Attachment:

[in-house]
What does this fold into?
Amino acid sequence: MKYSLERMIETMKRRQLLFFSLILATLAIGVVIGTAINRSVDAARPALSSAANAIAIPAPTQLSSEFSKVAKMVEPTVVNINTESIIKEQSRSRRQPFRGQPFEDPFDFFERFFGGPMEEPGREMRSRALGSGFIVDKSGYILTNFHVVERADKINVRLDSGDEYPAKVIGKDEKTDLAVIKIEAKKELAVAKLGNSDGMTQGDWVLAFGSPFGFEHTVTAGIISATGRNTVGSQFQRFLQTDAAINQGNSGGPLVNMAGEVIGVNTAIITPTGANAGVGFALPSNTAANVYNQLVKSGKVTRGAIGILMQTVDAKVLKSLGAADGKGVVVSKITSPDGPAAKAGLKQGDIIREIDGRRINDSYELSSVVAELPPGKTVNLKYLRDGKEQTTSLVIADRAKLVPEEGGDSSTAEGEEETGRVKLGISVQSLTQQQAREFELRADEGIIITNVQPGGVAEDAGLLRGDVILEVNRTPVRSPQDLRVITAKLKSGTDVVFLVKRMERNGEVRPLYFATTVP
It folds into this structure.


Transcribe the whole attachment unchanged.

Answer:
[in-house]
What does this fold into?
Amino acid sequence: MKYSLERMIETMKRRQLLFFSLILATLAIGVVIGTAINRSVDAARPALSSAANAIAIPAPTQLSSEFSKVAKMVEPTVVNINTESIIKEQSRSRRQPFRGQPFEDPFDFFERFFGGPMEEPGREMRSRALGSGFIVDKSGYILTNFHVVERADKINVRLDSGDEYPAKVIGKDEKTDLAVIKIEAKKELAVAKLGNSDGMTQGDWVLAFGSPFGFEHTVTAGIISATGRNTVGSQFQRFLQTDAAINQGNSGGPLVNMAGEVIGVNTAIITPTGANAGVGFALPSNTAANVYNQLVKSGKVTRGAIGILMQTVDAKVLKSLGAADGKGVVVSKITSPDGPAAKAGLKQGDIIREIDGRRINDSYELSSVVAELPPGKTVNLKYLRDGKEQTTSLVIADRAKLVPEEGGDSSTAEGEEETGRVKLGISVQSLTQQQAREFELRADEGIIITNVQPGGVAEDAGLLRGDVILEVNRTPVRSPQDLRVITAKLKSGTDVVFLVKRMERNGEVRPLYFATTVP
It folds into this structure.